12. The viewer is once again seeing through the eyes of the characters on screen. We have classic POV shots, with notably brilliant use of it in moments such as the upside down view of Devlin. Devlin first appears as a dark figure from Alicia's view, but when the camera pans on him speaking, the room is no longer dark. He is sharply dressed and on point, but Alicia has clearly slept in last night's outfit and is dazed. I noted the sparkling of sequins in some shots, which reminds the viewer that she is not in sleepwear. Her large earrings and messed up hair complete the impression that she had fallen asleep drunk. The casting works perfectly in this film, as viewers have a vested interest in the characters who are portrayed by Hollywood royalty.
  13. The close-up of Mrs. Smith's eye under the covers is one of Hitchcock's noted touches. The use of props and panning is also present. Without any dialogue needed, the room service trays laying around set the scene. We can see that the couple has been holed up in a luxury hotel for days, and people are making a fuss about them, which intrigues the viewer to continue watching. I believe it's a typical Hitchcock opening in that it's using the set and camera angles to let the viewer discover (in steps) what is going on. In line with a screwball comedy, the music is lighthearted and whimsical, so we don't sense any danger coming (which is atypical). I thought the casting worked well, as the two seemed to have both a comedic and romantic chemistry. They appeared sincere in their embrace at the end of the clip. Ironically, while they embrace, the viewer is hearing about some of the major fights they've had in the past. This dialogue tells us as to why Mr. and Mrs. Smith are in the hotel room.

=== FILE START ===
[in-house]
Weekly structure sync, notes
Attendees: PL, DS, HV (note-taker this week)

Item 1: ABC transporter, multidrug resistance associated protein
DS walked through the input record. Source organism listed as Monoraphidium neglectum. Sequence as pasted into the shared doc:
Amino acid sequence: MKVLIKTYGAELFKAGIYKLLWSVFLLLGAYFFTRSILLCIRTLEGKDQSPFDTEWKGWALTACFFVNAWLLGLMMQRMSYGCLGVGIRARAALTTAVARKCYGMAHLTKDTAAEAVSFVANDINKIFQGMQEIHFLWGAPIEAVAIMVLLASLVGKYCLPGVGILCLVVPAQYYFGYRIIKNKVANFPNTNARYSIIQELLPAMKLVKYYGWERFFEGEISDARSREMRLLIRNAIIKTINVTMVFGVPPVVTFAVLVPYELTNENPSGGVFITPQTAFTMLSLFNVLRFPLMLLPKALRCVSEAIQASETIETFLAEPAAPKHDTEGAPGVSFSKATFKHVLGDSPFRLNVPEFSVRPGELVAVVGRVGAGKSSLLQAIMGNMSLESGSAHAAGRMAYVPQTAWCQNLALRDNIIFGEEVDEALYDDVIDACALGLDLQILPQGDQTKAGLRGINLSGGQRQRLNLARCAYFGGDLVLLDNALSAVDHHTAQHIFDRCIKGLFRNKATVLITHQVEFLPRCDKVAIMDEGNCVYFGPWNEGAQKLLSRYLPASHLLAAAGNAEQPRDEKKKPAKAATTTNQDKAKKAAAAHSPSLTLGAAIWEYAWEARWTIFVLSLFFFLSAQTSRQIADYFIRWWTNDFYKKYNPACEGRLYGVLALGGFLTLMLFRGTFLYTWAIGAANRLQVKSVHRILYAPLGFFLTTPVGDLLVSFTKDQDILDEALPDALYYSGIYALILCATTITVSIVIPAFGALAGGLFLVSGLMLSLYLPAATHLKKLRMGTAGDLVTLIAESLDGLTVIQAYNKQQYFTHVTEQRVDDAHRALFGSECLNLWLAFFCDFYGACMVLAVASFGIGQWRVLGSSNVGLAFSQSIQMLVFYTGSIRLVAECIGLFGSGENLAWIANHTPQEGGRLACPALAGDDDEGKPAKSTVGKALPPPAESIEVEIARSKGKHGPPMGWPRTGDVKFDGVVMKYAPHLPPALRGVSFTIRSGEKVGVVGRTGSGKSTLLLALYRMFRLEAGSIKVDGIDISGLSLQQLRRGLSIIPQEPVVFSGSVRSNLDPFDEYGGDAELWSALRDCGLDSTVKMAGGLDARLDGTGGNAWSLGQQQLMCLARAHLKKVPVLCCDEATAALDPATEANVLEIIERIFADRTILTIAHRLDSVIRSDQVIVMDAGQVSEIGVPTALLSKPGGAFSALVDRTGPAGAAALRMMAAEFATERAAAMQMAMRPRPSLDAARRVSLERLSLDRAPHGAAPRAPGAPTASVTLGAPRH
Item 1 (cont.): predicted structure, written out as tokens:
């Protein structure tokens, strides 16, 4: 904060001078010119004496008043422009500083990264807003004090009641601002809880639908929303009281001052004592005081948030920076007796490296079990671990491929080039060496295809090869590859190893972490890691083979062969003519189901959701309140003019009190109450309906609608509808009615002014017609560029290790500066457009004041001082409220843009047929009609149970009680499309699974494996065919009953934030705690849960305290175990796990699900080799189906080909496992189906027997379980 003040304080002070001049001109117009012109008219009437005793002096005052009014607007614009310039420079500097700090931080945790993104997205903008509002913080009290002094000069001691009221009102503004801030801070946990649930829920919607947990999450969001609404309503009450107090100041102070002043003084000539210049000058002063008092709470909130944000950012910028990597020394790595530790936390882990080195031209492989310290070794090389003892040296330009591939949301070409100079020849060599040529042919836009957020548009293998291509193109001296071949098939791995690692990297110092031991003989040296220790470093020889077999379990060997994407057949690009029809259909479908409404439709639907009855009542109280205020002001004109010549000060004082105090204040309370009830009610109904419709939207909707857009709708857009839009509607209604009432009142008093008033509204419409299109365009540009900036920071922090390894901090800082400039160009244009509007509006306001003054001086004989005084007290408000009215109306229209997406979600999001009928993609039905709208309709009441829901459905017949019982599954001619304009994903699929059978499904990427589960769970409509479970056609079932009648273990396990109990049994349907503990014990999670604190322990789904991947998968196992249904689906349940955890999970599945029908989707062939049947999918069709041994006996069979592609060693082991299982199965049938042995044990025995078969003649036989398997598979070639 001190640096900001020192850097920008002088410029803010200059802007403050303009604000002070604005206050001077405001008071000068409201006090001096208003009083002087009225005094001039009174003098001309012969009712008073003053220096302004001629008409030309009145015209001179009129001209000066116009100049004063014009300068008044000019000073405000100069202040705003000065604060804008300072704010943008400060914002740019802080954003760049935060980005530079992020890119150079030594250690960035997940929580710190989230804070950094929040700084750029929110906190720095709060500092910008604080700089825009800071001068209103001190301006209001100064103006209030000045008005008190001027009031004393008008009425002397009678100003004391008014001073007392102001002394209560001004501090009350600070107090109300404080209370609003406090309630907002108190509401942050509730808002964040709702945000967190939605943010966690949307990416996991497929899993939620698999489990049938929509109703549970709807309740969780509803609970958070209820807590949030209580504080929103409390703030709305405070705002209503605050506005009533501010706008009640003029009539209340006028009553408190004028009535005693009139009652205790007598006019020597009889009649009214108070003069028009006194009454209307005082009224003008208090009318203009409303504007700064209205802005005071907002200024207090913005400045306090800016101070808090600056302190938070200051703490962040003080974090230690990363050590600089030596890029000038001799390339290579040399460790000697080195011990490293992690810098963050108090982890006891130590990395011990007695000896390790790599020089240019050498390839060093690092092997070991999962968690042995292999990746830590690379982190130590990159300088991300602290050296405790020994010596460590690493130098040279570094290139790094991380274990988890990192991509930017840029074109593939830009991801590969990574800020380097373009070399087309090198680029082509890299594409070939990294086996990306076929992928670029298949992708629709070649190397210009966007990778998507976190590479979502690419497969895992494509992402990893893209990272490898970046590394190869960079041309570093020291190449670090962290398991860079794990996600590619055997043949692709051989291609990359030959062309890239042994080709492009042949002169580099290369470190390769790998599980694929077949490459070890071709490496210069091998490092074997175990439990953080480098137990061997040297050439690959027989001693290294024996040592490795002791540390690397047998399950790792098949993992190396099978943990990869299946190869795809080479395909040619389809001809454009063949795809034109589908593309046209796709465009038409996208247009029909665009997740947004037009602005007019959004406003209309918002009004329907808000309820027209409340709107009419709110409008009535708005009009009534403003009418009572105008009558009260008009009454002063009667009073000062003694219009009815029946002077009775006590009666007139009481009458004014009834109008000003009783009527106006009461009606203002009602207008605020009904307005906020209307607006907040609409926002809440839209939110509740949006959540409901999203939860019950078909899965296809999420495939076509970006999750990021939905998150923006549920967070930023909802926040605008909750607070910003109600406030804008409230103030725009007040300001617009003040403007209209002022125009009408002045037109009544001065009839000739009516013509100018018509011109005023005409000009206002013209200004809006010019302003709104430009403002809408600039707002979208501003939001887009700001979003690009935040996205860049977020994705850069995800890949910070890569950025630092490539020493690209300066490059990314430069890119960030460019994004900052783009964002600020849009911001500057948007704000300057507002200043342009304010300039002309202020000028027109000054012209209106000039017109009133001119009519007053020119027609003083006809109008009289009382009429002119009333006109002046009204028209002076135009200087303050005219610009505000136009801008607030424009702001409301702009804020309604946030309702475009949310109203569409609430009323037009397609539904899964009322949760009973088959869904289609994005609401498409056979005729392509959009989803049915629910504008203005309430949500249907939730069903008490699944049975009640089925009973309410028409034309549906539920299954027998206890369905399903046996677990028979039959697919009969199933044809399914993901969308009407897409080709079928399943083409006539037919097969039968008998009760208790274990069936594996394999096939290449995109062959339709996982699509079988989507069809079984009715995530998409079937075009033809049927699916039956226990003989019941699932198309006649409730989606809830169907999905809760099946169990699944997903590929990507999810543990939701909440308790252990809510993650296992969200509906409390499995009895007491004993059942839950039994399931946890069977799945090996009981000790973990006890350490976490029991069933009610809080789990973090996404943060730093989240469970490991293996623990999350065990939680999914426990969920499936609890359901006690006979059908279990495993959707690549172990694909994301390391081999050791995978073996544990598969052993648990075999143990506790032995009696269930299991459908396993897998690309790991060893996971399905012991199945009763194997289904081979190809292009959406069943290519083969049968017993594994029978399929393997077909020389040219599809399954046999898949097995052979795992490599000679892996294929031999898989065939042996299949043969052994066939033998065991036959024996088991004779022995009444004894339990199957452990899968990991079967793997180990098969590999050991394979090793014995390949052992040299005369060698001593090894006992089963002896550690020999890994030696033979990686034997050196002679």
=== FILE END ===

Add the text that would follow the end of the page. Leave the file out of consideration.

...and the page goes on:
14. In the opening scene, the viewer learns that two men have called upon Charlie at the boarding house. He appears to be pondering over something that has already happened, and is planning his next move. The money strewn all over, as if it had no value, makes the viewer wonder where Charlie got that windfall. The overall dark mood of the film gives it that film noir vibe. One gets the impression that Charlie is dealing with a sinister situation, although we don't have a clue as to what it is yet. The beginning of the clip goes very quickly from an innocent street scene (with "happy" music) to the dark view of the boarding room with ominous music setting the mood. The music ignites the viewer's anticipation as Charlie is walking towards the two men. We are waiting to see...will they stop him?
  15. The opening scene is different in that the rush of movement is coming from the ocean water, rather than from people. We see the crashing waves as an indicator that something very dark and mysterious is brewing in this story. In classic Hitchcock POV filming, the viewer experiences the journey on the road to the Manderley estate up close and personal, as the background story is narrated. We are seeing through the eyes of the character as she is approaching the house. Manderley is given life-like qualities with such references as its "staring walls," and it appears to come to life with lights at one point. I think seeing this particular scene sparks the viewers interest in how we got to that point in time, and what role the house itself may have played in the story, if any.